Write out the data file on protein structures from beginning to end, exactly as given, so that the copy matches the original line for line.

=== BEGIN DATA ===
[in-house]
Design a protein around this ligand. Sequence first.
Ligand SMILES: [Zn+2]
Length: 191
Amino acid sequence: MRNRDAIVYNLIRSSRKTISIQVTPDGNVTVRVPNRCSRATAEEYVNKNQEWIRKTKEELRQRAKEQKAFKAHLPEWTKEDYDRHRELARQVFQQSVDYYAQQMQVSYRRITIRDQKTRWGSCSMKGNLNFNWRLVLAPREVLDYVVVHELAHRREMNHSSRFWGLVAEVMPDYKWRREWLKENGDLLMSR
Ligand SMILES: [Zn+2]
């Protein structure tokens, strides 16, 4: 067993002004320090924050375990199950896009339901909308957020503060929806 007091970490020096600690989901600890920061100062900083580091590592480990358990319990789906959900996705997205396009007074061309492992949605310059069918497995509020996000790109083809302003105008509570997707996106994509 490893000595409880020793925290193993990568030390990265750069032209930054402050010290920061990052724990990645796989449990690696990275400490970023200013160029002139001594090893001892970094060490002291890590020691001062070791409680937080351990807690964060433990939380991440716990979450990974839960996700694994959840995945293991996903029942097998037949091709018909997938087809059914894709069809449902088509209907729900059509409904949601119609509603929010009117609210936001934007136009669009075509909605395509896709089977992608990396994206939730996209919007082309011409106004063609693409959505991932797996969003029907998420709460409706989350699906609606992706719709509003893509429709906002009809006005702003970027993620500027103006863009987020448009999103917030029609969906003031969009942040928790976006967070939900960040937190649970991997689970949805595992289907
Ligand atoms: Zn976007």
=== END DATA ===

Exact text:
[in-house]
Design a protein around this ligand. Sequence first.
Ligand SMILES: [Zn+2]
Length: 191
Amino acid sequence: MRNRDAIVYNLIRSSRKTISIQVTPDGNVTVRVPNRCSRATAEEYVNKNQEWIRKTKEELRQRAKEQKAFKAHLPEWTKEDYDRHRELARQVFQQSVDYYAQQMQVSYRRITIRDQKTRWGSCSMKGNLNFNWRLVLAPREVLDYVVVHELAHRREMNHSSRFWGLVAEVMPDYKWRREWLKENGDLLMSR
Ligand SMILES: [Zn+2]
């Protein structure tokens, strides 16, 4: 067993002004320090924050375990199950896009339901909308957020503060929806 007091970490020096600690989901600890920061100062900083580091590592480990358990319990789906959900996705997205396009007074061309492992949605310059069918497995509020996000790109083809302003105008509570997707996106994509 490893000595409880020793925290193993990568030390990265750069032209930054402050010290920061990052724990990645796989449990690696990275400490970023200013160029002139001594090893001892970094060490002291890590020691001062070791409680937080351990807690964060433990939380991440716990979450990974839960996700694994959840995945293991996903029942097998037949091709018909997938087809059914894709069809449902088509209907729900059509409904949601119609509603929010009117609210936001934007136009669009075509909605395509896709089977992608990396994206939730996209919007082309011409106004063609693409959505991932797996969003029907998420709460409706989350699906609606992706719709509003893509429709906002009809006005702003970027993620500027103006863009987020448009999103917030029609969906003031969009942040928790976006967070939900960040937190649970991997689970949805595992289907
Ligand atoms: Zn976007």